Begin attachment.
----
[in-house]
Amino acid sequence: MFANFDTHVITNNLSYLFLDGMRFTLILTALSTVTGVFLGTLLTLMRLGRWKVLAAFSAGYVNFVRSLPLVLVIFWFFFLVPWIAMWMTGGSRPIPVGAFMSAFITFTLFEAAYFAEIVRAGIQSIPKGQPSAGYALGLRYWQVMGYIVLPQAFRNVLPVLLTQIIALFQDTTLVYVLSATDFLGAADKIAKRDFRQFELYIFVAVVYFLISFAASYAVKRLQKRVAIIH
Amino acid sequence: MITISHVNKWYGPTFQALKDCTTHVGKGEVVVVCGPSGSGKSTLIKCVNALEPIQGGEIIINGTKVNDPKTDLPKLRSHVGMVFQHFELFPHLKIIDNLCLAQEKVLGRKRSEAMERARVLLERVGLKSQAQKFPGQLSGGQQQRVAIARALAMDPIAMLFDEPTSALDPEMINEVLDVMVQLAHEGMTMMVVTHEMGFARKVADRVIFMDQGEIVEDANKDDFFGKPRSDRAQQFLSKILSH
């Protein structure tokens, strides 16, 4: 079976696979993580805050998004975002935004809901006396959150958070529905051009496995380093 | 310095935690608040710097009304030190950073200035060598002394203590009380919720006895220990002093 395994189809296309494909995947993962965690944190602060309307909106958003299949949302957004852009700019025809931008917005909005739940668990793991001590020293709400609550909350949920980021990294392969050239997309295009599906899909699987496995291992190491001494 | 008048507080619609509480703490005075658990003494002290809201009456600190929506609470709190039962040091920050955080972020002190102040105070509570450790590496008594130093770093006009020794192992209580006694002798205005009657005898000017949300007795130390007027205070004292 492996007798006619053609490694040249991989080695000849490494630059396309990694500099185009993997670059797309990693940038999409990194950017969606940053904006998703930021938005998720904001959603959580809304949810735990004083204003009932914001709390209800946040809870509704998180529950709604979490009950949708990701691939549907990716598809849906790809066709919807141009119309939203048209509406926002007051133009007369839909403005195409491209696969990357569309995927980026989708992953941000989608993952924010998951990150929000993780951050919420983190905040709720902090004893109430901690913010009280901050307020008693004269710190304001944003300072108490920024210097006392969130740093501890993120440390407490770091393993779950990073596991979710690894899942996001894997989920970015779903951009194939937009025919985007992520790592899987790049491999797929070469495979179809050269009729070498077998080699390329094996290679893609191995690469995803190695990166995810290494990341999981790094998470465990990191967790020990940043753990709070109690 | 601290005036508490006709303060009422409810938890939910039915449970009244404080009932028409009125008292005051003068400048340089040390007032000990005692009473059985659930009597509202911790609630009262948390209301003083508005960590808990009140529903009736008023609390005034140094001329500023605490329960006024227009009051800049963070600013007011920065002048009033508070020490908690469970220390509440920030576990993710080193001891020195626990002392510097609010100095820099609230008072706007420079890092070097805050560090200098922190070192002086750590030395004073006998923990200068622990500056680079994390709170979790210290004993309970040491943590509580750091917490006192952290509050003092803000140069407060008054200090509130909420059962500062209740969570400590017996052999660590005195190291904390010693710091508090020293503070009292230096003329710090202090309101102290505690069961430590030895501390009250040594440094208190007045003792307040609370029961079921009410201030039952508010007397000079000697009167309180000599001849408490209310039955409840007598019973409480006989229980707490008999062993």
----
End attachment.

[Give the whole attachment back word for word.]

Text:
[in-house]
Amino acid sequence: MFANFDTHVITNNLSYLFLDGMRFTLILTALSTVTGVFLGTLLTLMRLGRWKVLAAFSAGYVNFVRSLPLVLVIFWFFFLVPWIAMWMTGGSRPIPVGAFMSAFITFTLFEAAYFAEIVRAGIQSIPKGQPSAGYALGLRYWQVMGYIVLPQAFRNVLPVLLTQIIALFQDTTLVYVLSATDFLGAADKIAKRDFRQFELYIFVAVVYFLISFAASYAVKRLQKRVAIIH
Amino acid sequence: MITISHVNKWYGPTFQALKDCTTHVGKGEVVVVCGPSGSGKSTLIKCVNALEPIQGGEIIINGTKVNDPKTDLPKLRSHVGMVFQHFELFPHLKIIDNLCLAQEKVLGRKRSEAMERARVLLERVGLKSQAQKFPGQLSGGQQQRVAIARALAMDPIAMLFDEPTSALDPEMINEVLDVMVQLAHEGMTMMVVTHEMGFARKVADRVIFMDQGEIVEDANKDDFFGKPRSDRAQQFLSKILSH
């Protein structure tokens, strides 16, 4: 079976696979993580805050998004975002935004809901006396959150958070529905051009496995380093 | 310095935690608040710097009304030190950073200035060598002394203590009380919720006895220990002093 395994189809296309494909995947993962965690944190602060309307909106958003299949949302957004852009700019025809931008917005909005739940668990793991001590020293709400609550909350949920980021990294392969050239997309295009599906899909699987496995291992190491001494 | 008048507080619609509480703490005075658990003494002290809201009456600190929506609470709190039962040091920050955080972020002190102040105070509570450790590496008594130093770093006009020794192992209580006694002798205005009657005898000017949300007795130390007027205070004292 492996007798006619053609490694040249991989080695000849490494630059396309990694500099185009993997670059797309990693940038999409990194950017969606940053904006998703930021938005998720904001959603959580809304949810735990004083204003009932914001709390209800946040809870509704998180529950709604979490009950949708990701691939549907990716598809849906790809066709919807141009119309939203048209509406926002007051133009007369839909403005195409491209696969990357569309995927980026989708992953941000989608993952924010998951990150929000993780951050919420983190905040709720902090004893109430901690913010009280901050307020008693004269710190304001944003300072108490920024210097006392969130740093501890993120440390407490770091393993779950990073596991979710690894899942996001894997989920970015779903951009194939937009025919985007992520790592899987790049491999797929070469495979179809050269009729070498077998080699390329094996290679893609191995690469995803190695990166995810290494990341999981790094998470465990990191967790020990940043753990709070109690 | 601290005036508490006709303060009422409810938890939910039915449970009244404080009932028409009125008292005051003068400048340089040390007032000990005692009473059985659930009597509202911790609630009262948390209301003083508005960590808990009140529903009736008023609390005034140094001329500023605490329960006024227009009051800049963070600013007011920065002048009033508070020490908690469970220390509440920030576990993710080193001891020195626990002392510097609010100095820099609230008072706007420079890092070097805050560090200098922190070192002086750590030395004073006998923990200068622990500056680079994390709170979790210290004993309970040491943590509580750091917490006192952290509050003092803000140069407060008054200090509130909420059962500062209740969570400590017996052999660590005195190291904390010693710091508090020293503070009292230096003329710090202090309101102290505690069961430590030895501390009250040594440094208190007045003792307040609370029961079921009410201030039952508010007397000079000697009167309180000599001849408490209310039955409840007598019973409480006989229980707490008999062993």